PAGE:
- School Safety – The horrific shooting at Santa Fe serves as a reminder that we must do all we can to ensure our students are safe at school. Importantly, each district is unique. What may be required in a robust school district like Waco may not be required in a less populous district, like Cranfills Gap. As a result, we need to listen to individual school districts to determine what their needs are and then ensure they have the resources to make their schools safer.
- Hurricane Harvey – Hurricane Harvey was the costliest and most destructive storm in our state’s history. Our local communities are continuing to recover and they need assistance from the state to do so. This session, I will work with the legislature and the Governor’s office to appropriate money to ensure our local communities have the resources they need to recover better than ever before.
Newly Authored Legislation
My team and I are continuing to file pieces of important legislation. Here are a few examples of bills I filed in the past two weeks:
- SB 548 – This session I’ve refiled important legislation to implement several necessary reforms at the Texas Ethics Commission (TEC). This bill, which has 15 joint-authors, would provide the TEC with clear direction on how to carry out certain duties and to help ensure elected officials, political action committees, and individual citizens engaging in the political process are in compliance with the law, as well as provide a due process standard to protect those against whom a complaint is filed. It was unanimously passed by the Senate last session and I am looking forward to both bodies passing the bill and getting it to the Governor’s desk to be signed into law.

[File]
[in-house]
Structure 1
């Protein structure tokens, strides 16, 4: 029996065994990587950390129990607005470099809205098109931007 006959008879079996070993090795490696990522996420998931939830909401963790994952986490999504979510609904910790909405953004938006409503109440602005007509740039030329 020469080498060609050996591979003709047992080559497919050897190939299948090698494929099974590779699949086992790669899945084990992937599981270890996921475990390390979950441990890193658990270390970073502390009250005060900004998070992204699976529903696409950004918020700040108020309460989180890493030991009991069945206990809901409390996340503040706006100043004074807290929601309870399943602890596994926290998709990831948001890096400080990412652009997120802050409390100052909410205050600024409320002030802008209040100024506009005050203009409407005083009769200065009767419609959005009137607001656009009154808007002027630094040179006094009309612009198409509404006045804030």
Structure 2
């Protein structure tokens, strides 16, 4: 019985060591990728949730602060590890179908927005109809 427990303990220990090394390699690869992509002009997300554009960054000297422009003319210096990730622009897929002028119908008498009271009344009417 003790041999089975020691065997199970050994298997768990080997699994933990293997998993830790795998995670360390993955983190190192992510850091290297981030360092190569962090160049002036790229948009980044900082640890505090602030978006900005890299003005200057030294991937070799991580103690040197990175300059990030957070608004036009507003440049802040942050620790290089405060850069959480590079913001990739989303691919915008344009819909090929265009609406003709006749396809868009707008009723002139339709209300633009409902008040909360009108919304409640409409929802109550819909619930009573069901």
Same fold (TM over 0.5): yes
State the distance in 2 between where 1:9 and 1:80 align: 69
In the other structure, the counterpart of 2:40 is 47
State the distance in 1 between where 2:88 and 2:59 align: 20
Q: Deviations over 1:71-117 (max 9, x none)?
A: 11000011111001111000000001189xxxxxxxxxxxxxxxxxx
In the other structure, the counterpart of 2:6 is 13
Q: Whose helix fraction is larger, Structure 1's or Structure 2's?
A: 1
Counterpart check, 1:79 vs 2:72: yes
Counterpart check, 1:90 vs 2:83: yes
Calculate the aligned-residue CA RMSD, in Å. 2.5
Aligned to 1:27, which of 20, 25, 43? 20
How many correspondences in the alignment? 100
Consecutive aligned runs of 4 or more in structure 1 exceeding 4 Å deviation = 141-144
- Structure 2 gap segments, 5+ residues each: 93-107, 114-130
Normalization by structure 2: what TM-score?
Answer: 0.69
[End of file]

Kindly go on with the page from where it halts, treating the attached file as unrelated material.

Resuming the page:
- SB 659 – In my continued fight to protect landowners against any abuses by a high speed rail entity, I filed SB 659. This legislation would provide assurances to property owners that their land will not be taken through eminent domain and then later used for another purpose. This bill would also give property owners and their heirs first right to repurchase their land at the price for which they sold it if that land is not developed for the purpose of a high speed rail. I am looking forward to working closely with my House counterpart, Cody Harris (R- Palestine), and I want to thank him for asking me to be his partner on this important piece of legislation.